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Corporate Law Departments

Forum: The changing role of in-house legal operations and procurement professionals

Richard Brzakala  Global Director of External Legal Services / CIBC

Nancey Watson  President / NL Watson Consulting Inc.

Richard Brzakala  Global Director of External Legal Services / CIBC

Nancey Watson  President / NL Watson Consulting Inc.

As today’s digitized and remote-enabled legal marketplace evolves, legal service delivery and the roles supporting in-house and outside legal teams have assumed greater importance in meeting the challenges and opportunities of this new reality

Legal procurement, operations and business optimization specialists are, more than ever before, the professionals to whom many organizations turn for help in achieving greater cost savings, containment and control measures in the new legal marketplace. How these professionals interact with in-house counsel, clients and outside law firms will have a direct impact on existing and new relationships as well as the level
of success those relationships enjoy.


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Within many large companies, the management of outside counsel and internal legal spend resides either with the legal ops professionals within the corporate law department or within the company’s procurement group. Regardless of which party manages the procurement of legal services, companies and their sourcing specialists have embraced strategies that are specific to the legal market. They recognize that money spent on outside counsel will not manage itself, and indeed, requires dedicated attention. (Not surprisingly, in-house legal ops as well as procurement professionals are increasingly interacting directly with their law firm counterparts, who in turn, have grown to be increasingly important to their law firms.)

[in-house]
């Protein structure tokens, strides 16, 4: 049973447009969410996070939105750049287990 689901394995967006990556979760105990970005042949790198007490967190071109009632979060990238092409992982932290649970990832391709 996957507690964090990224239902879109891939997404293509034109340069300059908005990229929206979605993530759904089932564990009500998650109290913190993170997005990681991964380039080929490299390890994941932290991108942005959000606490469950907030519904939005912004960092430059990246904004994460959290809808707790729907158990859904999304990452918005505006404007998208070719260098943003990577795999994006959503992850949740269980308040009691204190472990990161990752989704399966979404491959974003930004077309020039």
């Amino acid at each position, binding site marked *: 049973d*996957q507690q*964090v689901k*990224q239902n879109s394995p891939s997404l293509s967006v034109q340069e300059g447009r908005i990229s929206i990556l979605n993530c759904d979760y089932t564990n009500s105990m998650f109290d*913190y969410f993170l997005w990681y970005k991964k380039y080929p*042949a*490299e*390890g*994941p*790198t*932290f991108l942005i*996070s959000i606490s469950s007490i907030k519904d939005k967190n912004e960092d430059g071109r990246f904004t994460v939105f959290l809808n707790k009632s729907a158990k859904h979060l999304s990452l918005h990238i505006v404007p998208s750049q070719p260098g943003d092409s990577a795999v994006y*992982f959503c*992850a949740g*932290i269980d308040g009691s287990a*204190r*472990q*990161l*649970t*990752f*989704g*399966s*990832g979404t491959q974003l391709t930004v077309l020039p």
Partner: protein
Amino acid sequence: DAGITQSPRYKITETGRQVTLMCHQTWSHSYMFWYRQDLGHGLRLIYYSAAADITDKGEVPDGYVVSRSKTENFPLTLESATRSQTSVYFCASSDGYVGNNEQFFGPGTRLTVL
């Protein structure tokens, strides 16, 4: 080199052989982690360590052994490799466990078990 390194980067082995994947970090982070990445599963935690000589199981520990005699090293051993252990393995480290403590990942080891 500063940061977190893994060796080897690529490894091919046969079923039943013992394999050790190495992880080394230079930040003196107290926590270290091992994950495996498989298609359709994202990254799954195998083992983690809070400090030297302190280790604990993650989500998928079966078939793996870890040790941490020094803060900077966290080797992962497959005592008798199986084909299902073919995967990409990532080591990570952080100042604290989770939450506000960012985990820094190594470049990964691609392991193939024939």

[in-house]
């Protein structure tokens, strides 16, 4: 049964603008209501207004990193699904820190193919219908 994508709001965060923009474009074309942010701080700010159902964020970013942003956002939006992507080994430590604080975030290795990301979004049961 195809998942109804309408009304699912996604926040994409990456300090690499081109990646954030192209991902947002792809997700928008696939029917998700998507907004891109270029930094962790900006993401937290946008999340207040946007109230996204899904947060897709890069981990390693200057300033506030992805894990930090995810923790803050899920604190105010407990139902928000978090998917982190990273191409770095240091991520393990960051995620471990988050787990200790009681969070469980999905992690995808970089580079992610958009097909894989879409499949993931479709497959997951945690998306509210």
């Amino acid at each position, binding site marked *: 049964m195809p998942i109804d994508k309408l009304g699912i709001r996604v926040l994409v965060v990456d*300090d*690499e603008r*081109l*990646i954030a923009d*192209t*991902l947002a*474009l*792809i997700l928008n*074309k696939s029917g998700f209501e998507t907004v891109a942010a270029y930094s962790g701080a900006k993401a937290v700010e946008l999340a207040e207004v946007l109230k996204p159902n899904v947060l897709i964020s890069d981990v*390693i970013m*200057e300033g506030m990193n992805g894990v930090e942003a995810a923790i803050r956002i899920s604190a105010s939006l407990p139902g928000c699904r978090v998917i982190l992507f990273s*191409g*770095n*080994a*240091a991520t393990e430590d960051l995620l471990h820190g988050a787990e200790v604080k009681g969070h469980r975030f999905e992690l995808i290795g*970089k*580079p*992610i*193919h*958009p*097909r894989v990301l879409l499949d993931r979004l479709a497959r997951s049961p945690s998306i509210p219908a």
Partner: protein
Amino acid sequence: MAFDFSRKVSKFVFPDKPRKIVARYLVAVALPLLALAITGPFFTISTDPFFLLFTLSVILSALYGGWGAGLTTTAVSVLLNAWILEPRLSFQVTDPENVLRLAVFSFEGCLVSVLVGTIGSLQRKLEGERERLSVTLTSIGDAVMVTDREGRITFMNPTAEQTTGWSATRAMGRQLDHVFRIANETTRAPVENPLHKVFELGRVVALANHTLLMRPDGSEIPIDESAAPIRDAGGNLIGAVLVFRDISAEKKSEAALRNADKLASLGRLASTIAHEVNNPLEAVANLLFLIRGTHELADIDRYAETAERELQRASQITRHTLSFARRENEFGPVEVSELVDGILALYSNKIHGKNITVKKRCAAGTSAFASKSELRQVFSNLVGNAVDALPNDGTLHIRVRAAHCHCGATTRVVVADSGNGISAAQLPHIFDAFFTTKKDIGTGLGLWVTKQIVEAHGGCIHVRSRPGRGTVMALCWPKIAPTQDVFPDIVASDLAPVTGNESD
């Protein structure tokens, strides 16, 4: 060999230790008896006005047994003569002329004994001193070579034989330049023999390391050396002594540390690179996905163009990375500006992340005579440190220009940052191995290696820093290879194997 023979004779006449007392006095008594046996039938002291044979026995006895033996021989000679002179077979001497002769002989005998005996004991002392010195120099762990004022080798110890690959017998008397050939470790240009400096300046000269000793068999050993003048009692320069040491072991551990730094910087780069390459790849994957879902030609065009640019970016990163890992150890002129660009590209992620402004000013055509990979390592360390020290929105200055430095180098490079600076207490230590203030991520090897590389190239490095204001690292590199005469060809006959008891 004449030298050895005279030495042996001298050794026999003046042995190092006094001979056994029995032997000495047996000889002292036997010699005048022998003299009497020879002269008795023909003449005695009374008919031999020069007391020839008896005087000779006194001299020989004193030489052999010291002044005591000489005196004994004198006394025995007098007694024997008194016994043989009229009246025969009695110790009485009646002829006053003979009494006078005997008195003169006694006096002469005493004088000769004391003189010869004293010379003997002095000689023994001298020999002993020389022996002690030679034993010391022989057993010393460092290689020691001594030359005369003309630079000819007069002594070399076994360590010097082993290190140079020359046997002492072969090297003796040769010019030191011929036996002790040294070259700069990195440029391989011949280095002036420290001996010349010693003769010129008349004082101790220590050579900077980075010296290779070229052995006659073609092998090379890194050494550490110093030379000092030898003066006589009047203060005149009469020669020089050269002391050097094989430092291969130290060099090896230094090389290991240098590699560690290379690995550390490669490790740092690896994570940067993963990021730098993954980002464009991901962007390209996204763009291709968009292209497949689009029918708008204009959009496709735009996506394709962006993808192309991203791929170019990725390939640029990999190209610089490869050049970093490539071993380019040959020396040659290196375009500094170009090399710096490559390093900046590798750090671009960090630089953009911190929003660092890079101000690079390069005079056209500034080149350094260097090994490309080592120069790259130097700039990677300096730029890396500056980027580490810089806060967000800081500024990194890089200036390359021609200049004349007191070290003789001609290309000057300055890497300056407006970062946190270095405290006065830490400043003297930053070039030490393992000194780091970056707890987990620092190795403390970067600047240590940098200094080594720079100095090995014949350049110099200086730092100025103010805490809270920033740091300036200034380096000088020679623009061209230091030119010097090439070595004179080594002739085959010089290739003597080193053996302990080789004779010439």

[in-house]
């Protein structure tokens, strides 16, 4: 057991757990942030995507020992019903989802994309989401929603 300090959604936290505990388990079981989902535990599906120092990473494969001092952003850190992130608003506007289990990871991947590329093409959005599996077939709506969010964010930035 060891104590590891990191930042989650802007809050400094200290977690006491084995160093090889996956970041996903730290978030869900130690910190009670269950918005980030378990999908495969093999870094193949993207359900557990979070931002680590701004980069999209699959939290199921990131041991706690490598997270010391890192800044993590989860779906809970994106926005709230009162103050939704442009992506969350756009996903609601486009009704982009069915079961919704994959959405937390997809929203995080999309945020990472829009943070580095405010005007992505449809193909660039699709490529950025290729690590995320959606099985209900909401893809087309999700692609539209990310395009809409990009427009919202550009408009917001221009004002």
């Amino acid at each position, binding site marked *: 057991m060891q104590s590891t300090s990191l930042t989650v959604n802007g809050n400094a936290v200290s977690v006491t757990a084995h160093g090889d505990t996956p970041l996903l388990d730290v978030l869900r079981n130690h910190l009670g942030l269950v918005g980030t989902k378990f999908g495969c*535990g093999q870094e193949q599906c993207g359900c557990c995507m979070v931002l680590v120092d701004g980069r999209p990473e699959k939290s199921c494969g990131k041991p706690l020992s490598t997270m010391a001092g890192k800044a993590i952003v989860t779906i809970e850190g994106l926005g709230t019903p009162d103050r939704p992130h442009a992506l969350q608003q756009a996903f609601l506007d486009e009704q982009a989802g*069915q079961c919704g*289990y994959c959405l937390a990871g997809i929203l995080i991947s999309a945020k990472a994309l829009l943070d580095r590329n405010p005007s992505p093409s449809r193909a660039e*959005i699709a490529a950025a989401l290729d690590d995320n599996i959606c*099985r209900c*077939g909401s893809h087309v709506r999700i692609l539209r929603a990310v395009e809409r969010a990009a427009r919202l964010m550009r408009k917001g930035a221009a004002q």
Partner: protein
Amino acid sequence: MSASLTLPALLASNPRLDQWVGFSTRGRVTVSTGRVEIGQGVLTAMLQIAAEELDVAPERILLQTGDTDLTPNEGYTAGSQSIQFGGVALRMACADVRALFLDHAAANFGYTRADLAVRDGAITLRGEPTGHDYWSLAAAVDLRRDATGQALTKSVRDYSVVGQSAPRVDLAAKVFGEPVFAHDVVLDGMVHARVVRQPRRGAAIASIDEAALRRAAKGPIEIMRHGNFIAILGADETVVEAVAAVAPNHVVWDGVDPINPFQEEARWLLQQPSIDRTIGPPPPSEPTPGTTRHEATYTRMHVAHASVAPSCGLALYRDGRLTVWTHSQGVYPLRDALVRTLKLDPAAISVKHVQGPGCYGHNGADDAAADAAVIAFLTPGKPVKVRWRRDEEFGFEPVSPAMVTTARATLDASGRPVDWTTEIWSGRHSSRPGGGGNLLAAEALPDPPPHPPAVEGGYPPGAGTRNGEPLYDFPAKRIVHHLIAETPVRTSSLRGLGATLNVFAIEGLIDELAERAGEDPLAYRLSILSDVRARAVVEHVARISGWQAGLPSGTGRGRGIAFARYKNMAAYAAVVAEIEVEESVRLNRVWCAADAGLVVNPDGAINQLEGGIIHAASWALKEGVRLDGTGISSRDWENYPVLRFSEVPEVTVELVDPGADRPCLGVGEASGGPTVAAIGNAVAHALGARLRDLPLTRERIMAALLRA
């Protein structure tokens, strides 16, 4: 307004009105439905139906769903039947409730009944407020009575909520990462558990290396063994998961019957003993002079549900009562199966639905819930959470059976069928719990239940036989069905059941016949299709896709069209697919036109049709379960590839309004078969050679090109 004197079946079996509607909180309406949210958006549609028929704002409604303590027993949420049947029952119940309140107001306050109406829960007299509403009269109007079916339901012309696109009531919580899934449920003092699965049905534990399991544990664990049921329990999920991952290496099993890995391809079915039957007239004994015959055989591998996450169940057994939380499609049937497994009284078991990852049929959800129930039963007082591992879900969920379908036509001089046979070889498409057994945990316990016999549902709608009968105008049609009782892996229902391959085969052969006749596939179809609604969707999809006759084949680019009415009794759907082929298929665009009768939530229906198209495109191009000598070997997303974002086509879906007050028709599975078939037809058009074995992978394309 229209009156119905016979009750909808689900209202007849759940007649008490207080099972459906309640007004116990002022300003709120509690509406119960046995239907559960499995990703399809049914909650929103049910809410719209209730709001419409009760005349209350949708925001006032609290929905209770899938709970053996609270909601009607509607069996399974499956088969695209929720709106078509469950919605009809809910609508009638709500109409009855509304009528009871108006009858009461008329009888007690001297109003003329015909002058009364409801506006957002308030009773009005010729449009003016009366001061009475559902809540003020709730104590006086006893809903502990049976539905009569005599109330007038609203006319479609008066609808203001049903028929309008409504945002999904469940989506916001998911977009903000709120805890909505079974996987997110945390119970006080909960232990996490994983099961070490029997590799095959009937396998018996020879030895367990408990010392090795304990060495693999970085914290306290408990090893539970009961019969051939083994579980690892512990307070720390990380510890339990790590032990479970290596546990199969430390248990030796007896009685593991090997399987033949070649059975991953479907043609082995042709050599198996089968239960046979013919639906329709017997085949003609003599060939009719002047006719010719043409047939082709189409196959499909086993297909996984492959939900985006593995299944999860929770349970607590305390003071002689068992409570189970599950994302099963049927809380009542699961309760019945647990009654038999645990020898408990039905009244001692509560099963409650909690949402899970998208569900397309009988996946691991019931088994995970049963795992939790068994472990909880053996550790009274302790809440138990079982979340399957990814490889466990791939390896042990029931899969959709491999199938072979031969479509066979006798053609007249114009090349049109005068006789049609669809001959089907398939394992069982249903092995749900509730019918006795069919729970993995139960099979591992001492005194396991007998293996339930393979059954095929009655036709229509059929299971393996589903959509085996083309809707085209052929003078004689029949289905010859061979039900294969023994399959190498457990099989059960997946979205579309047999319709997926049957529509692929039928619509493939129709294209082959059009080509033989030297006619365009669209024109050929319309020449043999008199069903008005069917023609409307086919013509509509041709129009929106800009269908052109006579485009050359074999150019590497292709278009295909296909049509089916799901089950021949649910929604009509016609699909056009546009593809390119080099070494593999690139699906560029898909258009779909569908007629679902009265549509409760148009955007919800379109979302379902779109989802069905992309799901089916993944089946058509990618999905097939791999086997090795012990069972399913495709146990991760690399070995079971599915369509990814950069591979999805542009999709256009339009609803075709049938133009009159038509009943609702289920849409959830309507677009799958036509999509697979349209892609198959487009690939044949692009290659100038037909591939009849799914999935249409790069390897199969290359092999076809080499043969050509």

It’s also not surprising that over the last decade, legal ops and procurement specialists have become the go-to experts for business optimization, project management and relationship building. This same group of professionals – more so than other professionals in the legal industry – are dedicated and laser focused on managing the compliance, risk and financial aspects of business relationships with outside counsel.

Legal ops vs. procurement